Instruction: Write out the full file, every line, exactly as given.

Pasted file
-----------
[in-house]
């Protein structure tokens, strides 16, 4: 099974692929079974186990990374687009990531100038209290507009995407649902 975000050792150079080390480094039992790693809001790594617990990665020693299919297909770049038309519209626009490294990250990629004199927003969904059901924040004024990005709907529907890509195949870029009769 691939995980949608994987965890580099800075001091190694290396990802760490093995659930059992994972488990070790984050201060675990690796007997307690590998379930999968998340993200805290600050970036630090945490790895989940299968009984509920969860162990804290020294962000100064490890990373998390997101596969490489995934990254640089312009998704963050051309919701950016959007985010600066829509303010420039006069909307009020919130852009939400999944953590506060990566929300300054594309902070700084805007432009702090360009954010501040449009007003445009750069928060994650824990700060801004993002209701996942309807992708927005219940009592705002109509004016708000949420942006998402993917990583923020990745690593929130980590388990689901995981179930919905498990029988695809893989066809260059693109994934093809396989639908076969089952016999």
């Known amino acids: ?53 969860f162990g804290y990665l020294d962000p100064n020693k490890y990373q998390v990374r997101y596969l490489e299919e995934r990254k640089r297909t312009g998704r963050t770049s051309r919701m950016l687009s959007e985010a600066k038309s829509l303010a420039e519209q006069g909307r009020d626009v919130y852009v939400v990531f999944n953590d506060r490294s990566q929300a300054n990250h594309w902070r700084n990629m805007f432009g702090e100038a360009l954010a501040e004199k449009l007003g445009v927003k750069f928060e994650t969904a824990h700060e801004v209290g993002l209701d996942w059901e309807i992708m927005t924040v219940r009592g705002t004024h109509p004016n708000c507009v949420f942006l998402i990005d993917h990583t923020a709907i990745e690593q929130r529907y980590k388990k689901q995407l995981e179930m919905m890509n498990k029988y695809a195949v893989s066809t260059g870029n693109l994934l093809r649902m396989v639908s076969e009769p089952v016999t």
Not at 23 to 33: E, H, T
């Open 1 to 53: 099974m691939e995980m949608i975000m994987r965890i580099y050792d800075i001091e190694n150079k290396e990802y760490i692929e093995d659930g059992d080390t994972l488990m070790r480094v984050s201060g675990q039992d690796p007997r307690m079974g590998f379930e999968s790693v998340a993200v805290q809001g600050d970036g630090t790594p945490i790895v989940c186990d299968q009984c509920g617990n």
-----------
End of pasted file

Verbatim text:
[in-house]
């Protein structure tokens, strides 16, 4: 099974692929079974186990990374687009990531100038209290507009995407649902 975000050792150079080390480094039992790693809001790594617990990665020693299919297909770049038309519209626009490294990250990629004199927003969904059901924040004024990005709907529907890509195949870029009769 691939995980949608994987965890580099800075001091190694290396990802760490093995659930059992994972488990070790984050201060675990690796007997307690590998379930999968998340993200805290600050970036630090945490790895989940299968009984509920969860162990804290020294962000100064490890990373998390997101596969490489995934990254640089312009998704963050051309919701950016959007985010600066829509303010420039006069909307009020919130852009939400999944953590506060990566929300300054594309902070700084805007432009702090360009954010501040449009007003445009750069928060994650824990700060801004993002209701996942309807992708927005219940009592705002109509004016708000949420942006998402993917990583923020990745690593929130980590388990689901995981179930919905498990029988695809893989066809260059693109994934093809396989639908076969089952016999």
């Known amino acids: ?53 969860f162990g804290y990665l020294d962000p100064n020693k490890y990373q998390v990374r997101y596969l490489e299919e995934r990254k640089r297909t312009g998704r963050t770049s051309r919701m950016l687009s959007e985010a600066k038309s829509l303010a420039e519209q006069g909307r009020d626009v919130y852009v939400v990531f999944n953590d506060r490294s990566q929300a300054n990250h594309w902070r700084n990629m805007f432009g702090e100038a360009l954010a501040e004199k449009l007003g445009v927003k750069f928060e994650t969904a824990h700060e801004v209290g993002l209701d996942w059901e309807i992708m927005t924040v219940r009592g705002t004024h109509p004016n708000c507009v949420f942006l998402i990005d993917h990583t923020a709907i990745e690593q929130r529907y980590k388990k689901q995407l995981e179930m919905m890509n498990k029988y695809a195949v893989s066809t260059g870029n693109l994934l093809r649902m396989v639908s076969e009769p089952v016999t």
Not at 23 to 33: E, H, T
């Open 1 to 53: 099974m691939e995980m949608i975000m994987r965890i580099y050792d800075i001091e190694n150079k290396e990802y760490i692929e093995d659930g059992d080390t994972l488990m070790r480094v984050s201060g675990q039992d690796p007997r307690m079974g590998f379930e999968s790693v998340a993200v805290q809001g600050d970036g630090t790594p945490i790895v989940c186990d299968q009984c509920g617990n």